Background & aims: Mode of birth affects development of the intestinal microbiota, and microbial dysbiosis has been associated with inflammatory bowel disease (IBD). We performed a population-based analysis to determine whether mode of delivery (cesarean section vs. vaginal delivery) affects risk of IBD.
Methods: We collected data from the University of Manitoba IBD Epidemiology Database, which contains records on all Manitobans diagnosed with IBD from 1984 through 2010. Starting in 1970, 6-digit family health registration numbers were used in Manitoba to link mothers with their offspring. Maternal health records, including dates and modes of delivery and siblings of individuals with IBD, were identified.
Results: We obtained data on 1671 individuals with IBD and 10,488 controls (individuals without IBD, matched by age, sex, and area of residence at IBD diagnosis) linked to mothers' obstetrical records. Higher proportions of urban than rural residents were delivered by cesarean section for IBD cases (12.8% vs. 9.7%, P = .05) and controls (13.3% vs. 9.4%, P < .0001). A higher percentage of men with Crohn's disease than women with Crohn's disease were born via cesarean section (13.5% vs. 8.4%, P = .01). Overall, there was no difference in the percentage of IBD cases born by cesarean section (11.6%) vs. controls (11.7%, P = .93). In multivariate analysis, birth by cesarean section was not associated with an increased risk of subsequent IBD, controlling for age, sex, urban residence, and income (odds ratio, 1.04; 95% confidence interval, 0.89-1.23). Persons with IBD were no more likely to have been born by cesarean section than their siblings without IBD (1740 siblings from 1615 families) (11.6% vs. 11.3%; odds ratio, 1.14; 95% confidence interval, 0.72-1.80; P = .79).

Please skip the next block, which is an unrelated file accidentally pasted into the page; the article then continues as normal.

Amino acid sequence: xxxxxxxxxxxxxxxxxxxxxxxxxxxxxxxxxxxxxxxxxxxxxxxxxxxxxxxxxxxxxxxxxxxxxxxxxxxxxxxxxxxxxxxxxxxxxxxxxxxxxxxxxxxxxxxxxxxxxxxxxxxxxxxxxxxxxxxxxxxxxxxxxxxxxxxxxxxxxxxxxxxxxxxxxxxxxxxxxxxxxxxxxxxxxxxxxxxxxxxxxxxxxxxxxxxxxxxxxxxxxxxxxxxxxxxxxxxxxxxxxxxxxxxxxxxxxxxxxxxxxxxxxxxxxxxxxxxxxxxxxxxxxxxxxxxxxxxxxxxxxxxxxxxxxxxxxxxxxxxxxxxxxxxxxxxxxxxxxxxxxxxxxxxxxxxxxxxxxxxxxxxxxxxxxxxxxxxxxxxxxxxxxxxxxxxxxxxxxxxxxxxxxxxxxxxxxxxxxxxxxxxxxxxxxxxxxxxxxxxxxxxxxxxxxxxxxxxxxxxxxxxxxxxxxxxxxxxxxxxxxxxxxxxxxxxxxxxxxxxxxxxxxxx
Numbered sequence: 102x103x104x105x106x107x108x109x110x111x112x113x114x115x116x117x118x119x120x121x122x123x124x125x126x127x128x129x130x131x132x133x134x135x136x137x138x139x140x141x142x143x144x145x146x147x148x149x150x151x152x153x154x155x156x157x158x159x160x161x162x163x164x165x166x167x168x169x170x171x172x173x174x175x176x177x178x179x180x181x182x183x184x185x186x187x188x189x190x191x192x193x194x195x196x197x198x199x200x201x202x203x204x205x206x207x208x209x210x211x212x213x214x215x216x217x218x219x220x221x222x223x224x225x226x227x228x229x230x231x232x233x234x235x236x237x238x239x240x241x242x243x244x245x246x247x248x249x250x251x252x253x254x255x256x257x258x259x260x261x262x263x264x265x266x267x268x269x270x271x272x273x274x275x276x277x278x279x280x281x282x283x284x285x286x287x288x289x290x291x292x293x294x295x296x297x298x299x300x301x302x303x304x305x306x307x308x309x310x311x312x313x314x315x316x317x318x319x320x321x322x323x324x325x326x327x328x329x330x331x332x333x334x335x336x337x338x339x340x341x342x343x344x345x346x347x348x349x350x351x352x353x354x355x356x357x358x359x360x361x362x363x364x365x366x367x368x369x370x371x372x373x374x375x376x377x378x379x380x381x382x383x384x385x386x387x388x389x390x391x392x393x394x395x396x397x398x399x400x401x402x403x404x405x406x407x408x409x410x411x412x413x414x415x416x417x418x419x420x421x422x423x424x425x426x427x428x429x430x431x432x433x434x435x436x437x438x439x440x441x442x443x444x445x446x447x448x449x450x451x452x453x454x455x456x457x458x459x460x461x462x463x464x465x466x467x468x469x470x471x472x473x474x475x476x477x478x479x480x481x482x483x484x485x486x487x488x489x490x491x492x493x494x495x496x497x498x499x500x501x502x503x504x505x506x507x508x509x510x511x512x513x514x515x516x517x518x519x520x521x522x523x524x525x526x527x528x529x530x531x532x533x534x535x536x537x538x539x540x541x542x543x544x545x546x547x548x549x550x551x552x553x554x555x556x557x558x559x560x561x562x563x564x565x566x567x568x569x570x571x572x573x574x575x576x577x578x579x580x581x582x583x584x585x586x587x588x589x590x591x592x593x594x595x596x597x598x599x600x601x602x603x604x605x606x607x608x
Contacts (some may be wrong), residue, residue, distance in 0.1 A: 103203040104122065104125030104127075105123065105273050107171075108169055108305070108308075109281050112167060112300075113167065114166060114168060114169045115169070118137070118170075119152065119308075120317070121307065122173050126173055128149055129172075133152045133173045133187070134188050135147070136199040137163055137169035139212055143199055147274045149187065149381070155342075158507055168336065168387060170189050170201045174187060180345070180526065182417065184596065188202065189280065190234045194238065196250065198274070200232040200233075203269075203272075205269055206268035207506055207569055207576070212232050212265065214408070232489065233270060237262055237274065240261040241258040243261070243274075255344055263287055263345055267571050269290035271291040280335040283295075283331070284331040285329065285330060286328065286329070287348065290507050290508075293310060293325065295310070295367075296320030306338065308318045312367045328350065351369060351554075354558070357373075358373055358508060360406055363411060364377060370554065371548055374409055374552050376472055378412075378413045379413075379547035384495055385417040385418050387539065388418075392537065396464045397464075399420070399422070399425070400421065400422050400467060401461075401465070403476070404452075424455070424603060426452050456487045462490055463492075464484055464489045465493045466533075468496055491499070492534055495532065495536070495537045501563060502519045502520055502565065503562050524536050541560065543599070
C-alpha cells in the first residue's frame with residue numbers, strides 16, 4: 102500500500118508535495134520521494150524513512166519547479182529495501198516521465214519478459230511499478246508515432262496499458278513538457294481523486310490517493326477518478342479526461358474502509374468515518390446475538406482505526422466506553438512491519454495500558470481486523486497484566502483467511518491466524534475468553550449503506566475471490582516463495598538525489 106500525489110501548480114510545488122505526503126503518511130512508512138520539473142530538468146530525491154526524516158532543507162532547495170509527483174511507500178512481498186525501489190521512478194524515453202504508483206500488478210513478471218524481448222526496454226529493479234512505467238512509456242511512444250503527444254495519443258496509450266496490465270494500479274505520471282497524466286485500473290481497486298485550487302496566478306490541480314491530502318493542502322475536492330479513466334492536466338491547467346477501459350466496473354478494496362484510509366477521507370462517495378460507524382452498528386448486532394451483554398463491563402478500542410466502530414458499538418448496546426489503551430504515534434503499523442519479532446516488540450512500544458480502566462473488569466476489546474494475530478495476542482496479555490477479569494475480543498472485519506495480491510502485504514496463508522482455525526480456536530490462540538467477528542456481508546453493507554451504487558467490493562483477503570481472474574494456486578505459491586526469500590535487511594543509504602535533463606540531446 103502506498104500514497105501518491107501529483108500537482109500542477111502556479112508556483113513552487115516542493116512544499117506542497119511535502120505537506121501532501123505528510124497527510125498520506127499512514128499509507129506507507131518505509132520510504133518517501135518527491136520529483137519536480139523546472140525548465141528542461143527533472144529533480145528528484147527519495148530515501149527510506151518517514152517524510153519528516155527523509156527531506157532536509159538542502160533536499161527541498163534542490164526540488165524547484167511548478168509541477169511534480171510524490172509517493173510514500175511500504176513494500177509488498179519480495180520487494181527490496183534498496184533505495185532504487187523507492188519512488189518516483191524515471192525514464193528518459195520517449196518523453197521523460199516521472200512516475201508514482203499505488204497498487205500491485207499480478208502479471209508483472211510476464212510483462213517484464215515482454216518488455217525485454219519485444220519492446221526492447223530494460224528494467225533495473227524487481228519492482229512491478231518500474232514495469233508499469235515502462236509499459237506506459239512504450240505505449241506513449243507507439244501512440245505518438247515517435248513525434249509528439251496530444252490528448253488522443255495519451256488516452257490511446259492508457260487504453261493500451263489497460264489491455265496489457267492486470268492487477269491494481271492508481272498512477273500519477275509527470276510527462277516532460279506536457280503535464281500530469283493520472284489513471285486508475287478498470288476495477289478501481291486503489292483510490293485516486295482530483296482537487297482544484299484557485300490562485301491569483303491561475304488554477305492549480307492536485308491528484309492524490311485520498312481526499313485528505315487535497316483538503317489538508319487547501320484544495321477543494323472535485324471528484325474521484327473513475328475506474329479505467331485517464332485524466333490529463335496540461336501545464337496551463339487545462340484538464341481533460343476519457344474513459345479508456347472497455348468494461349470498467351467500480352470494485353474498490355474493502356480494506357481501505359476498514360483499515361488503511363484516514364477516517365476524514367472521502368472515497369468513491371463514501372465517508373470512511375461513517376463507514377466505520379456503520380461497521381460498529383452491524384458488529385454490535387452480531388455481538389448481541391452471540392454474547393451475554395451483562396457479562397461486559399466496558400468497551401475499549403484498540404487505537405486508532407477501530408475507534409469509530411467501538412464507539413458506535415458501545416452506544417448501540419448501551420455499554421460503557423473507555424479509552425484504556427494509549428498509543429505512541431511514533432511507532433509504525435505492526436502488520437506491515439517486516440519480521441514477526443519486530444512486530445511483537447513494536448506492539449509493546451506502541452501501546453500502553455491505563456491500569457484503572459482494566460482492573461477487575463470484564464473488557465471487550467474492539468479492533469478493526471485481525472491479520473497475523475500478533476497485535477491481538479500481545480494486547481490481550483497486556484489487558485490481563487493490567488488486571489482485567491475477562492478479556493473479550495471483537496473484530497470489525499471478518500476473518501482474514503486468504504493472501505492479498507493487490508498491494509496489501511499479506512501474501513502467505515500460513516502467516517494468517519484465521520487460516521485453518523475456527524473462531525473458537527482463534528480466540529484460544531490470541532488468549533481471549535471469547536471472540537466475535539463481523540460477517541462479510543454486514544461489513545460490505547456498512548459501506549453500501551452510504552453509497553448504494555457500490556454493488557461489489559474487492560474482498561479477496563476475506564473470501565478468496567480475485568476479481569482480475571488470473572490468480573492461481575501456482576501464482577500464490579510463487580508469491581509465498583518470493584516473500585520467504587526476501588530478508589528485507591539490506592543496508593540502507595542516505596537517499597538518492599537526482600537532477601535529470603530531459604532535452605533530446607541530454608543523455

Conclusions: People with IBD were not more likely to have been born via cesarean section than controls or siblings without IBD. These findings indicate that events of the immediate postpartum period that shape the developing intestinal microbiome do not affect risk for IBD.
Keywords: Breastfeeding; Method of Birth; Population Study; UMIBDED.
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